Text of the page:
Nelson and Liu share the senior authorship.
CC genotype donors for the interleukin-28B single nucleotide polymorphism are associated with better outcomes in hepatitis C after liver transplant
Article first published online: 29 OCT 2012
© 2012 John Wiley & Sons A/S
Volume 33, Issue 1, pages 72–78, January 2013
How to Cite
Firpi, R. J., Dong, H., Clark, V. C., Soldevila-Pico, C., Morelli, G., Cabrera, R., Norkina, O., Shuster, J. J., Nelson, D. R. and Liu, C. (2013), CC genotype donors for the interleukin-28B single nucleotide polymorphism are associated with better outcomes in hepatitis C after liver transplant. Liver International, 33: 72–78. doi: 10.1111/liv.12013
- Issue published online: 10 DEC 2012
- Article first published online: 29 OCT 2012
- Accepted manuscript online: 5 OCT 2012 08:24AM EST
- Manuscript Accepted: 5 SEP 2012
- Manuscript Received: 12 APR 2012
- National Institute of Research Resources
- National Institutes of Health. Grant Number: R01 AI061158
- sustained viral response
Interleukin-28B (IL-28B) polymorphism is the strongest pretreatment predictor of viral clearance in the hepatitis C (HCV) population. Donor and recipient IL-28B genomic background may play an important role in post-transplant HCV recurrence. We sought to examine the role of IL-28B polymorphisms of donor and recipients in liver transplant patients with recurrent HCV and its impact on the response to interferon-based therapy.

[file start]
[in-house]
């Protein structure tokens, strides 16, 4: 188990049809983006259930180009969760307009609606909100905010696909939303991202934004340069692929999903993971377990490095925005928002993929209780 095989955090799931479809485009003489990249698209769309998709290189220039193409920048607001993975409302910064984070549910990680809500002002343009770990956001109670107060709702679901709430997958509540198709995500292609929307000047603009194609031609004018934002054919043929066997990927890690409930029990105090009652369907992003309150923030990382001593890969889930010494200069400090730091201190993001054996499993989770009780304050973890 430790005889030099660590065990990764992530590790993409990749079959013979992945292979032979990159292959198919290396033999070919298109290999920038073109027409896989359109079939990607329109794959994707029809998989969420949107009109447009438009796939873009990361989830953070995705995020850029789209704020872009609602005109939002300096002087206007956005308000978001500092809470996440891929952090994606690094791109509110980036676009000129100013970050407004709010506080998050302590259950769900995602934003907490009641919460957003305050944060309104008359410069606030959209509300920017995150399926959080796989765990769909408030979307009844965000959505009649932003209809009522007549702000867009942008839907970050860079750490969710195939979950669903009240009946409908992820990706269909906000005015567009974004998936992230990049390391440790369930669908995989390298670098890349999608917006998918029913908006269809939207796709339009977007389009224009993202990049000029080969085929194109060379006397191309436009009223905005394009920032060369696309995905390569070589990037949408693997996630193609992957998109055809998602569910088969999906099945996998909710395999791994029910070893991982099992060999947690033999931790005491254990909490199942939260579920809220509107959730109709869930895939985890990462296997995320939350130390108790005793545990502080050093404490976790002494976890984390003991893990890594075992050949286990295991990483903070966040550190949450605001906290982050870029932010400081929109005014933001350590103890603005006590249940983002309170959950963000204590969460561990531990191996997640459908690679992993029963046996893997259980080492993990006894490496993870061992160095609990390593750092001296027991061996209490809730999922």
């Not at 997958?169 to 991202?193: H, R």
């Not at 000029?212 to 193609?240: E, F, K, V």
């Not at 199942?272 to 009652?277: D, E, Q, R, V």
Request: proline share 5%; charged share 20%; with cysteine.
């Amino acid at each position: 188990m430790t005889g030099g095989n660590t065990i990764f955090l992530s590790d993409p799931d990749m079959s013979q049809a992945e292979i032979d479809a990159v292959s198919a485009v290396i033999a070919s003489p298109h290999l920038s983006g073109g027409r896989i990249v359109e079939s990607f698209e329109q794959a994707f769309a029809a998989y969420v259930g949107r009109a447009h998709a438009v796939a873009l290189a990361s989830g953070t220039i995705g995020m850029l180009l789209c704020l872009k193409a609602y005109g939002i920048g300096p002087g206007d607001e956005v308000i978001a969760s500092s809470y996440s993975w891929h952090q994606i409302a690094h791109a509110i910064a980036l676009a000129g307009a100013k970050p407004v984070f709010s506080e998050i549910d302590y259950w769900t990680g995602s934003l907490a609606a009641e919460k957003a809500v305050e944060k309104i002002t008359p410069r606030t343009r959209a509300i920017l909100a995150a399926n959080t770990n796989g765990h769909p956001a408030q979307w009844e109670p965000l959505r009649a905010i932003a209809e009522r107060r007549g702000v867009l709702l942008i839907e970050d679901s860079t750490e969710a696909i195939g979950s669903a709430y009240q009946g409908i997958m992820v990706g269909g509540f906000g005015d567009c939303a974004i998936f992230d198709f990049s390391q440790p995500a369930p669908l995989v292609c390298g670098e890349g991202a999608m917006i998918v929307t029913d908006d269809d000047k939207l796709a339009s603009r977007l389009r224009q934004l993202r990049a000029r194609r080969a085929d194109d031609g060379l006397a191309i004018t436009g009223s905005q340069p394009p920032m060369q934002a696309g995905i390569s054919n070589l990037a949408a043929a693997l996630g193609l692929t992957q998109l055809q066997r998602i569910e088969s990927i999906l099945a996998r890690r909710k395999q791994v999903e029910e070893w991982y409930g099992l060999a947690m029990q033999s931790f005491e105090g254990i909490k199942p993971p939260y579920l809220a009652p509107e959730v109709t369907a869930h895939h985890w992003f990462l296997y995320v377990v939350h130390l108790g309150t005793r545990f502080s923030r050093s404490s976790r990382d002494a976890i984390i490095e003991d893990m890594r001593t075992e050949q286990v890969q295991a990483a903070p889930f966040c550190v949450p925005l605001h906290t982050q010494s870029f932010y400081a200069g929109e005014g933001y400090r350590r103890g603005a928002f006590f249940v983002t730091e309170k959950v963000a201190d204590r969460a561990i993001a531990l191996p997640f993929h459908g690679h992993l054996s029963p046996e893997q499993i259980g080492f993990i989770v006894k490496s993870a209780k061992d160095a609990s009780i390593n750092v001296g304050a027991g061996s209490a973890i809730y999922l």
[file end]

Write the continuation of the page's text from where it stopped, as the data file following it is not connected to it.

The cohort study consisted of 135 adult liver transplant patients who received interferon-based therapy for recurrent HCV between 1996 and 2005 at the University of Florida. IL-28B single nucleotide polymorphism (rs. 12979860) was characterized using liver tissue from all donors and recipients.
The CC genotype was observed in approximately 30% of donors and recipients. Sustained viral response (SVR) to HCV therapy was 100% if both recipient and donor were CC genotype, while the SVR was only 25% if neither donor nor recipient had a CC genotype. (Recipient, P = 0.025, Donor, P < 0.001). Recipients and donors with CC genotype had less fibrosis than recipients with genotypes CT and TT, but the difference was not statistically significant. IL-28B genotype did not seem to play a role in the overall survival in these patients.
In conclusion, recipient and donor CC genotype is associated with a better treatment response to interferon-based therapy after liver transplant. Our study suggests that using CC genotype donor livers for HCV patients may improve the overall clinical outcome after liver transplantation.